There are lots of suspects, clues and drama in this story, with a medley of historical figures and authentic fictional characters, it holds your interest, proving to be as enthralling as any play staged in the famous theatre.
A lovely, original story with realistic characters and a clever plot.
The mist-shrouded moors of Devon proffer a trove of delights for two vacationing zoologists—but also conceal a hoard of dark secrets reaching down to the fathomless depths of the ocean.
Miss Merula Merriweather barely saved her uncle from the gallows after he was wrongly accused of murder—and now, she’s left the bustle of Victorian London to recuperate in the fresh air of Dartmoor with her fellow zoologist, Lord Raven Royston. The trip offers a unique treat, as they’ll be staying with a friend of Raven’s, who owns a collection of rare zoological specimens—including a Kraken, a sea monster of myth and legend.
But all is not right in the land of tors, heaths, and mist. Their host’s maid has vanished without a trace, and the townspeople hold him responsible, claiming that his specimens are alive and roam the moors at night, bringing death to anyone who crosses their path. Merula and Raven are sceptical—but the accusations become more ominous when they find several specimen jars empty.
As the two, hunt for clues across a desolate and beautiful landscape, a stranger appears bearing a shadowy secret from Merula’s past. Could there be a connection between her family history, the missing girl, and a fearsome monster that could be on the loose? The race is on to find the truth.
I received a copy of this book from Crooked Lane Books via NetGalley in return for an honest review.
This is my first’ Merriweather and Royston mystery’. This is a standalone mystery, and there is sufficient backstory to place the characters, and their relationship in this story, but if you can, read book one first.
The Dartmoor setting of this novel plays on the Victorian belief that strange, dangerous creatures roam the moor in the darkness. This is not the Dartmoor I know, but it is well documented in Victorian literature like ‘The Hound of the Baskervilles’.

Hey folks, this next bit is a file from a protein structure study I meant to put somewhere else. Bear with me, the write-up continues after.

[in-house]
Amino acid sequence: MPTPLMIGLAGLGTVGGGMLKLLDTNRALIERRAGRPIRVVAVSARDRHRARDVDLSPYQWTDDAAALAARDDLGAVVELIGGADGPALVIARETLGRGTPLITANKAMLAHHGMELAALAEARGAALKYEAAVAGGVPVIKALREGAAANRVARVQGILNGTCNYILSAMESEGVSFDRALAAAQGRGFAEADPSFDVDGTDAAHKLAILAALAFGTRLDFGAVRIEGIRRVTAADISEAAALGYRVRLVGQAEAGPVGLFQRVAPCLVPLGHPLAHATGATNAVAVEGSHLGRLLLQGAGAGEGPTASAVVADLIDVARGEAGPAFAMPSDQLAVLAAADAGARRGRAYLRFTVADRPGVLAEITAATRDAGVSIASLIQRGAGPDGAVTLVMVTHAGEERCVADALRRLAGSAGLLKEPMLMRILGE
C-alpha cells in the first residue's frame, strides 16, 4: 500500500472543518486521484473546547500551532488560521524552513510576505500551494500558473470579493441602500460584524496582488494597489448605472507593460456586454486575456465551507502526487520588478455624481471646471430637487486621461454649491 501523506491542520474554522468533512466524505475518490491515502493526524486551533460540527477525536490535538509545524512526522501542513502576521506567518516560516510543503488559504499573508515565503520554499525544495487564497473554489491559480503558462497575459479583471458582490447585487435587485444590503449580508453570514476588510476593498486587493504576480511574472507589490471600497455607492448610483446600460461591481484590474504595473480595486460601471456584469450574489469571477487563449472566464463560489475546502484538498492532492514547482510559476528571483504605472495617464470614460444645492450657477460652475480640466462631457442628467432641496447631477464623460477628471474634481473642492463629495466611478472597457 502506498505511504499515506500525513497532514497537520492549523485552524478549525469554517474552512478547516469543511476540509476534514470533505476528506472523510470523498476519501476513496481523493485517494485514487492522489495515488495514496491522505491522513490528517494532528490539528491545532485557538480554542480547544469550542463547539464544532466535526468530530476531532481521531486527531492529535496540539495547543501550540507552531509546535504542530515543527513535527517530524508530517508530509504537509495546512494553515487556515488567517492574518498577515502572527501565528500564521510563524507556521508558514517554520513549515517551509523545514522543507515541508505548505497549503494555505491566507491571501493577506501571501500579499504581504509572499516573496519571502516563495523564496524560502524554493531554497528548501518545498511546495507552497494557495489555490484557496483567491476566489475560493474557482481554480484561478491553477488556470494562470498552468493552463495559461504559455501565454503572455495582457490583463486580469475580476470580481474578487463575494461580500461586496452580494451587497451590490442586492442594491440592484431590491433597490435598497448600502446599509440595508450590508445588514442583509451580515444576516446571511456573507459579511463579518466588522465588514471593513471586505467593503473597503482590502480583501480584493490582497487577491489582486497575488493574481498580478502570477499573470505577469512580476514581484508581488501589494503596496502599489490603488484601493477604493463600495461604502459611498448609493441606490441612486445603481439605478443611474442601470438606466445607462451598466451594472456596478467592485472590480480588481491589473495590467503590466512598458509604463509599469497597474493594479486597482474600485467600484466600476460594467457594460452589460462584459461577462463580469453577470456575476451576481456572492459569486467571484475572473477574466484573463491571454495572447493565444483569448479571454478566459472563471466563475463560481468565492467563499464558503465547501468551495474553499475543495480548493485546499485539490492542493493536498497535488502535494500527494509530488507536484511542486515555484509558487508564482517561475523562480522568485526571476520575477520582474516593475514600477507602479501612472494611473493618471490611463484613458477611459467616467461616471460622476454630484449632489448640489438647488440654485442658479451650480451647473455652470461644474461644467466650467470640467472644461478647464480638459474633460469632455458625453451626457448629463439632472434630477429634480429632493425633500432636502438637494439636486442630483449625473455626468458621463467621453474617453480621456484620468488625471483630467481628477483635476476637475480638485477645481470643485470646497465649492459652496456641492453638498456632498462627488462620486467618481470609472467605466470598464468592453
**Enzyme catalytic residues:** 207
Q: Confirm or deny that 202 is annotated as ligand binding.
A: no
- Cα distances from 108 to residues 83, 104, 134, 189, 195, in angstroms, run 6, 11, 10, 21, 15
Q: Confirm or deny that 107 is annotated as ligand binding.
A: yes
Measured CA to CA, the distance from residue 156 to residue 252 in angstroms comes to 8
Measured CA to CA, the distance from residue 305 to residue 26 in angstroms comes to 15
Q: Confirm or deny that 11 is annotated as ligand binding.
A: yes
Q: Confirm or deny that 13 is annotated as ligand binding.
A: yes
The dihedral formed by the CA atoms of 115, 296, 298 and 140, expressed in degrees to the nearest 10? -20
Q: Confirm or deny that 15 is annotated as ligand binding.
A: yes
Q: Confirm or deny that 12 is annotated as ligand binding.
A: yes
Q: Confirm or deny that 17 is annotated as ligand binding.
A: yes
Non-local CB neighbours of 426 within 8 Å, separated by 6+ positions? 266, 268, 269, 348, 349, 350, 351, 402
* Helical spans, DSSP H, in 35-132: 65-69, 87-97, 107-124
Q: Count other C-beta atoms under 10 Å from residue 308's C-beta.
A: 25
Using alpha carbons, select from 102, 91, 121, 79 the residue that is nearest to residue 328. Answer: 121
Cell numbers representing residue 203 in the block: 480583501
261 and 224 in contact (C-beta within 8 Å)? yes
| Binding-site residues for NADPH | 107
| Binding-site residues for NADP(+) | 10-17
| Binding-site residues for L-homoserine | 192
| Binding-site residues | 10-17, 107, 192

This story contains all the essential elements of a Victorian murder mystery. Enigmatic, intelligent, but flawed detectives, with a degree of emotional damage. A community steeped in folklore and tradition, and a dislike of outsiders or anyone who is different from them. An undercurrent of criminal activity, and gruesome murder, possibly due to supernatural causes.
The mystery that unfolds in this story has all of the above. There is much we do not know about our detectives, but they are complex individuals. Victorian pioneers, a little before their time, especially Merriweather. The mystery is well constructed and embellished with Victorian beliefs and themes, that make solving it difficult.
The writing style and time period, will not suit everyone, but it is faithfully represented, and worth reading, to see if it is for you.
After a whirlwind romance and dream wedding, the new Mrs Ramsforth is whisked away to an idyllic Greek island by her adoring husband. But as soon as they arrive at their luxurious hotel overlooking the azure sea, Damaris is struck by the feeling she’s been here before…
Puzzling over the familiarity, Damaris’ honeymoon goes from unsettling to a complete nightmare when she finds herself standing over a dead body, unable to explain how she got there.
Now only one man can save her – fellow holidaymaker and former Scotland Yard inspector Jasper. But even he starts to doubt Damaris’ innocence when he discovers that it’s not her first time embroiled in a murder case…
I received a copy of this book from Canelo via NetGalley in return for an honest review.
Honeymooning on a Greek Island, sounds idyllic doesn’t it, but what if you have a disturbing sense of ‘deja vu’? Damaris still can’t’ believe she’s married after a whirlwind courtship, to such a lovely man. On her honeymoon, she looks forward to her life with Teddy, but then things start to go wrong. How much does she really know about her husband? Why doesn’t she like his friends?
The characters are flawed, and secretive, but is one of them hiding something deadly? The plot is written in the ‘Agatha Christie’whodunnit style, set in the 1920s. Ex-Inspector Jasper a delightful fusion of a Poirot and Chief Inspector Japp, less eccentric, but with an enigmatic presence.
Damaris, is vulnerable and doesn’t know who to trust, an unreliable protagonist, is she hiding something? The clues are plentiful but these are obscured by the many twists, and suspects, making the true antagonist hard to uncover.
If you enjoy retro murder mystery in a vividly described setting, this is one for you to escape with.